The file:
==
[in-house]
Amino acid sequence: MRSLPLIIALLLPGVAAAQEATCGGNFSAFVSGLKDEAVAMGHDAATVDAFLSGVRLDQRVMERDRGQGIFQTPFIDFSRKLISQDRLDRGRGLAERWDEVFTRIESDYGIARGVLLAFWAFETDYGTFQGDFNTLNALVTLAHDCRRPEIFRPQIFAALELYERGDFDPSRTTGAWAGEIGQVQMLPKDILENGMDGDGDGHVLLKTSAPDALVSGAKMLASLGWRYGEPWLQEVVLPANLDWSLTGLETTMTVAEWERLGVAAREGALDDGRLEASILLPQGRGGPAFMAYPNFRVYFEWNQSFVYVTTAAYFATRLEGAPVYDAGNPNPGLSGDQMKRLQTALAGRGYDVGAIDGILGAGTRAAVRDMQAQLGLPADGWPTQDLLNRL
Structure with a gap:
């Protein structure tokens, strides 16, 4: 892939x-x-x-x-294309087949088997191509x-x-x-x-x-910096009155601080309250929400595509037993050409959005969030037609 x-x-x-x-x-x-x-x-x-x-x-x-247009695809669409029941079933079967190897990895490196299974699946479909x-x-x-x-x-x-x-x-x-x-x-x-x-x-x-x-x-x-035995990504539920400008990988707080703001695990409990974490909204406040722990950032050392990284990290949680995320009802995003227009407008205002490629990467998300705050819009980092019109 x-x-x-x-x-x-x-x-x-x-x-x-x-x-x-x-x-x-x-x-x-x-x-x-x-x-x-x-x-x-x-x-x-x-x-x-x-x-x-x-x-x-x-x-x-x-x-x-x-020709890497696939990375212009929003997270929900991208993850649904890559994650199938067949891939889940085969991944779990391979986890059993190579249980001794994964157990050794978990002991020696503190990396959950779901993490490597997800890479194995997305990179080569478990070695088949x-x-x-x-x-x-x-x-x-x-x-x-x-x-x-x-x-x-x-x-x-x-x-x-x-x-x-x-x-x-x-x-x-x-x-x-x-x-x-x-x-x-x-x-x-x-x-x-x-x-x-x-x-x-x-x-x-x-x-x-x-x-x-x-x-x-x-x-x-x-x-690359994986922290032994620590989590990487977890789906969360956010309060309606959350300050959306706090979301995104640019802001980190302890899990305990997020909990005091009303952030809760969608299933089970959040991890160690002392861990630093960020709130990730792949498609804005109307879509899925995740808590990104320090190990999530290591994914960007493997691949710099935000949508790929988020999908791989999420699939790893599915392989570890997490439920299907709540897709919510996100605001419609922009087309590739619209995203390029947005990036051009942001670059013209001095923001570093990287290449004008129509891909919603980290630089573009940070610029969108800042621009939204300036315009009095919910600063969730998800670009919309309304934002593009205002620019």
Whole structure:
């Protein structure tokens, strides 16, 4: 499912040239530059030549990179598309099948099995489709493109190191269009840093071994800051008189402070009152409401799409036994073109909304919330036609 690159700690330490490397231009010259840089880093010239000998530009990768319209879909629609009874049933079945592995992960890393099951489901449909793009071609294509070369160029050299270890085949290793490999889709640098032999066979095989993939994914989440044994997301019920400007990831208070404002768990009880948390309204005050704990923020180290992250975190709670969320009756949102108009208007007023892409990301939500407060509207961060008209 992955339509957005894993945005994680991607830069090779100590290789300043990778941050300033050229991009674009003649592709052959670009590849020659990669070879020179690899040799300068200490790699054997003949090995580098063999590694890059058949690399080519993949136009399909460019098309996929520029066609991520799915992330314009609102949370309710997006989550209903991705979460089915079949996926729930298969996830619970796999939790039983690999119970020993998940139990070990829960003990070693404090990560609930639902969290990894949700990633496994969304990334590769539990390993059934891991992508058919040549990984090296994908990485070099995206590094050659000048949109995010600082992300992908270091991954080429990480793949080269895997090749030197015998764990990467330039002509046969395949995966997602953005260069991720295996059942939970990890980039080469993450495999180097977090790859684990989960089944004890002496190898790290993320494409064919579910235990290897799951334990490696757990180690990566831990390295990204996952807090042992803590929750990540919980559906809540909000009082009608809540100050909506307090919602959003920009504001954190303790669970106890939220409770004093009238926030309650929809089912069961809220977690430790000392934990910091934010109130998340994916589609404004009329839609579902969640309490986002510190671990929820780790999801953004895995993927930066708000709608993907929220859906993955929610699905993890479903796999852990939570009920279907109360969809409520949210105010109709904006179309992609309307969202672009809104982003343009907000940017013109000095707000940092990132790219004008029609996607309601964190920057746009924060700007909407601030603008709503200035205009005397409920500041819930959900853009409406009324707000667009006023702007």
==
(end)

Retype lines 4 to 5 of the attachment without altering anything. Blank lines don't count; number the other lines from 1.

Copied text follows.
């Protein structure tokens, strides 16, 4: 892939x-x-x-x-294309087949088997191509x-x-x-x-x-910096009155601080309250929400595509037993050409959005969030037609 x-x-x-x-x-x-x-x-x-x-x-x-247009695809669409029941079933079967190897990895490196299974699946479909x-x-x-x-x-x-x-x-x-x-x-x-x-x-x-x-x-x-035995990504539920400008990988707080703001695990409990974490909204406040722990950032050392990284990290949680995320009802995003227009407008205002490629990467998300705050819009980092019109 x-x-x-x-x-x-x-x-x-x-x-x-x-x-x-x-x-x-x-x-x-x-x-x-x-x-x-x-x-x-x-x-x-x-x-x-x-x-x-x-x-x-x-x-x-x-x-x-x-020709890497696939990375212009929003997270929900991208993850649904890559994650199938067949891939889940085969991944779990391979986890059993190579249980001794994964157990050794978990002991020696503190990396959950779901993490490597997800890479194995997305990179080569478990070695088949x-x-x-x-x-x-x-x-x-x-x-x-x-x-x-x-x-x-x-x-x-x-x-x-x-x-x-x-x-x-x-x-x-x-x-x-x-x-x-x-x-x-x-x-x-x-x-x-x-x-x-x-x-x-x-x-x-x-x-x-x-x-x-x-x-x-x-x-x-x-x-690359994986922290032994620590989590990487977890789906969360956010309060309606959350300050959306706090979301995104640019802001980190302890899990305990997020909990005091009303952030809760969608299933089970959040991890160690002392861990630093960020709130990730792949498609804005109307879509899925995740808590990104320090190990999530290591994914960007493997691949710099935000949508790929988020999908791989999420699939790893599915392989570890997490439920299907709540897709919510996100605001419609922009087309590739619209995203390029947005990036051009942001670059013209001095923001570093990287290449004008129509891909919603980290630089573009940070610029969108800042621009939204300036315009009095919910600063969730998800670009919309309304934002593009205002620019």
Whole structure: